A gripping science fiction thriller where five women task themselves with ensuring the survival of the human race—if you mixed ". . .The Martian and The Handmaid's Tale, this sci-fi novel would be the incredible result" (Book Riot).
“Best of 2020” –Library Journal
“Best of 2020” –Kirkus
“Best of 2020 – runner up” –Polygon
“Our favorite books of 2020” –GeekDad
Despite increasing restrictions on the freedoms of women on Earth, Valerie Black is spearheading the first all-female mission to a planet in the Goldilocks Zone, where conditions are just right for human habitation.
It's humanity's last hope for survival, and Naomi, Valerie's surrogate daughter and the ship's botanist, has been waiting her whole life for an opportunity like this - to step out of Valerie's shadow and really make a difference.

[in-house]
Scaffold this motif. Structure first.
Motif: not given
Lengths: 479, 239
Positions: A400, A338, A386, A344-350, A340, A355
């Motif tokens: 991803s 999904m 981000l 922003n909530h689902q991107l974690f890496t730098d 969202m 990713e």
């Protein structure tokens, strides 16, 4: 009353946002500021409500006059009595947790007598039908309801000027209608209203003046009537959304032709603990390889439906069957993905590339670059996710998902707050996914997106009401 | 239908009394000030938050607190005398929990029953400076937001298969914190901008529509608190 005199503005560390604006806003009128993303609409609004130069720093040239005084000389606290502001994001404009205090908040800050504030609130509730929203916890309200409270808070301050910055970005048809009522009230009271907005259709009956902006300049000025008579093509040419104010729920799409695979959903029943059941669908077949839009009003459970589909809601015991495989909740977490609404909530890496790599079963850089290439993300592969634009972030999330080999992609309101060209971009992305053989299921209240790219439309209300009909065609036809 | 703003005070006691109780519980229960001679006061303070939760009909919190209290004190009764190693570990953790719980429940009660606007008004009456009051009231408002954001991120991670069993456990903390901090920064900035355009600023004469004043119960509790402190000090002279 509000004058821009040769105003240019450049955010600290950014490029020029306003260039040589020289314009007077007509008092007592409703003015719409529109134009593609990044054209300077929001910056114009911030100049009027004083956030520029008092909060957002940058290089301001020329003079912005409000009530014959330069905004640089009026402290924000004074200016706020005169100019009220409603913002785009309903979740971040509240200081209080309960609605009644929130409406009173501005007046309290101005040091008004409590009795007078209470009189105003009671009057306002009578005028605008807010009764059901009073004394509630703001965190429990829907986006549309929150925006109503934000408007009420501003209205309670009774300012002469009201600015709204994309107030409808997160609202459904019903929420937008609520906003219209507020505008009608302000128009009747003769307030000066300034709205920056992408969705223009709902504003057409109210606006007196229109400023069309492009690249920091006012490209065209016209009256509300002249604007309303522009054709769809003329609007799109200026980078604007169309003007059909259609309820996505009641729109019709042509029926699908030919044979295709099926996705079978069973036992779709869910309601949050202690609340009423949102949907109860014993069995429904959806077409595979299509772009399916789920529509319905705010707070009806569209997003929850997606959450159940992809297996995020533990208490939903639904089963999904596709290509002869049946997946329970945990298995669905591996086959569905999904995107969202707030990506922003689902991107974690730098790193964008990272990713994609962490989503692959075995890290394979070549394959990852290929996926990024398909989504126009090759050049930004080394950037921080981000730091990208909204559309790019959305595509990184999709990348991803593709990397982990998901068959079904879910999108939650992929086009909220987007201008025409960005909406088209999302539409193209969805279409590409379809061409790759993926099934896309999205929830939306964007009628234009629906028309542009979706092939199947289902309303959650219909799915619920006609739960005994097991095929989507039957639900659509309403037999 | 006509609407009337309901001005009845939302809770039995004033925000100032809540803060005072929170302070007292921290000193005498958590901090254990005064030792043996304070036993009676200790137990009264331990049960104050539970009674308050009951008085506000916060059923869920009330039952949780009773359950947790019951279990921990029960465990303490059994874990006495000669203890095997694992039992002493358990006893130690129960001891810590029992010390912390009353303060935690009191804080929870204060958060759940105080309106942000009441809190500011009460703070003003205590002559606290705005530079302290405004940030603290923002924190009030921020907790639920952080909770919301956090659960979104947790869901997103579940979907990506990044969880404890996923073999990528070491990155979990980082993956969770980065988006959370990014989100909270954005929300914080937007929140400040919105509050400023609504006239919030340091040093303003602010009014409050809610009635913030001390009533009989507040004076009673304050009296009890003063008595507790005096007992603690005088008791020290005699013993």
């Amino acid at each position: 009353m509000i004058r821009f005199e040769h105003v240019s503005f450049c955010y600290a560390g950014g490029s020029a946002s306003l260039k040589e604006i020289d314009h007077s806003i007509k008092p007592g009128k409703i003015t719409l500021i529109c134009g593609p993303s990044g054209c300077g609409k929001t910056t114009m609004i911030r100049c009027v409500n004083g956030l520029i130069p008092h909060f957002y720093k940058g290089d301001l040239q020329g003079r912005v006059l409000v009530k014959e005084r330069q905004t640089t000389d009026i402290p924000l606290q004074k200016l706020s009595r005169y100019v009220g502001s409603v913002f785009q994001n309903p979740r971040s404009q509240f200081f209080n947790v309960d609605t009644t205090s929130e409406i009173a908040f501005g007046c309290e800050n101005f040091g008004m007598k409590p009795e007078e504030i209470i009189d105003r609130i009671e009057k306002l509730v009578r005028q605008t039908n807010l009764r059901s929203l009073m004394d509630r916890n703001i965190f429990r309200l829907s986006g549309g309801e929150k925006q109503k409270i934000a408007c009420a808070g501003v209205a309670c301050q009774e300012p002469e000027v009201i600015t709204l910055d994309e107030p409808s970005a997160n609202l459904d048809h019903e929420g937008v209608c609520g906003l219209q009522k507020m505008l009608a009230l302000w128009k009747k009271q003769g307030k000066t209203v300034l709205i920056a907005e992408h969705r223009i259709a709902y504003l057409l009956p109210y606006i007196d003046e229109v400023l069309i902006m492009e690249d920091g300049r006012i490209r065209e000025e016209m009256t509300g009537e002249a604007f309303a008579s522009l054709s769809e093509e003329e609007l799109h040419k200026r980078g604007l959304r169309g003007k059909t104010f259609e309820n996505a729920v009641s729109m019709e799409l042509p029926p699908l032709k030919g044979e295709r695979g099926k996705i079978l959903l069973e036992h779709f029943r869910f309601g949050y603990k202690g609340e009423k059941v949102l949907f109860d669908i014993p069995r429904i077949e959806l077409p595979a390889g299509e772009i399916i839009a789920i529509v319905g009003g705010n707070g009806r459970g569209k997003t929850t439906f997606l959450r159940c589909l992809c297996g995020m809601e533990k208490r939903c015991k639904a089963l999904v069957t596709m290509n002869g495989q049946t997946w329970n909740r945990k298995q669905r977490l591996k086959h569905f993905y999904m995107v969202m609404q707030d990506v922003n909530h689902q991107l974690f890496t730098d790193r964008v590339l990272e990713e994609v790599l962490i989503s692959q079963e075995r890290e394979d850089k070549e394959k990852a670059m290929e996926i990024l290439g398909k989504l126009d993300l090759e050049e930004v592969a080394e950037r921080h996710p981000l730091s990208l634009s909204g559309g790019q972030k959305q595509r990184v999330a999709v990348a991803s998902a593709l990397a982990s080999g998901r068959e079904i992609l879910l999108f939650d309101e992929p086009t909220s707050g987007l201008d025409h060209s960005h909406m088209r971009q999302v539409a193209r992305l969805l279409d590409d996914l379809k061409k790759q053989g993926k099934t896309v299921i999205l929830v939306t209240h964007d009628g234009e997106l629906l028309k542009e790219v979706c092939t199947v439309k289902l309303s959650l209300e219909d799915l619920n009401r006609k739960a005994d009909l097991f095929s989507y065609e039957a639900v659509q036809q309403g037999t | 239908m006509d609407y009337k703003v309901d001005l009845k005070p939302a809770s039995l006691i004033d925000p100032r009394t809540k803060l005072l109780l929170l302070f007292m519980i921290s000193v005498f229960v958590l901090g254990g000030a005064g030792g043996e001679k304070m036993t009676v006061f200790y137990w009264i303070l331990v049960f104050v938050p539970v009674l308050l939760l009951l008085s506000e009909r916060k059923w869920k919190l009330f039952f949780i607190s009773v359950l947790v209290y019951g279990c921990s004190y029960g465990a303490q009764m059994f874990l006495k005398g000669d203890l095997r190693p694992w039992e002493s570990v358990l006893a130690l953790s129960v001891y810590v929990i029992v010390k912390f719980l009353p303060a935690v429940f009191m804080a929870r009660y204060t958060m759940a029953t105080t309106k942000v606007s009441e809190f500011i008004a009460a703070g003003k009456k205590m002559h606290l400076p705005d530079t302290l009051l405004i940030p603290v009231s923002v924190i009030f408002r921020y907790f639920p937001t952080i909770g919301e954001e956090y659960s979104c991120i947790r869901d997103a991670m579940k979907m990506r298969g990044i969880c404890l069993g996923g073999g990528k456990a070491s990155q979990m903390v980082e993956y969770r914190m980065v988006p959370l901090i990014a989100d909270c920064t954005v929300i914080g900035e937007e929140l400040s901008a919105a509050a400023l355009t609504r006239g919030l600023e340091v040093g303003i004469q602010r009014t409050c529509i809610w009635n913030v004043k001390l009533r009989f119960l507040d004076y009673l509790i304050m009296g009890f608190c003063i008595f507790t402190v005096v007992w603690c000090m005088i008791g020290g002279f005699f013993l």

But when things start going wrong on the ship, Naomi begins to suspect that someone on board is concealing a terrible secret - and realizes time for life on Earth may be running out faster than they feared . . .
"Goldilocks is a thrilling, character-driven space opera", perfect for readers of The Martian, The Power, and Station Eleven (Shelf Awareness).
Lam (Seven Devils) makes the personal political in this tense near-future family drama that's fueled by the climate crisis. Dr. Naomi Lovelace, a botanist working with alien soils and seeds, joins her foster mother Valerie Black's all-women team of astronauts in stealing humanity's first starship, the Atalanta. Fleeing an Earth scarred by climate change and a rising tide of misogyny, tech entrepreneur Valerie plans a better world on Cavendish, a habitable exoplanet 10 light-years away. As the women learn the inner workings of their stolen ship, Naomi discovers Valerie has a hidden agenda and is keeping her own secrets from her foster brother, Evan, their contact back on Earth. Though the exodus plan presents plot holes aplenty, Lam expertly evokes the claustrophobia of both tight spaces and taut relationships in the evolving struggle between Naomi and Valerie for the soul of the mission. This deeply felt space opera will please those who like their sci-fi to focus more on the characters than the science.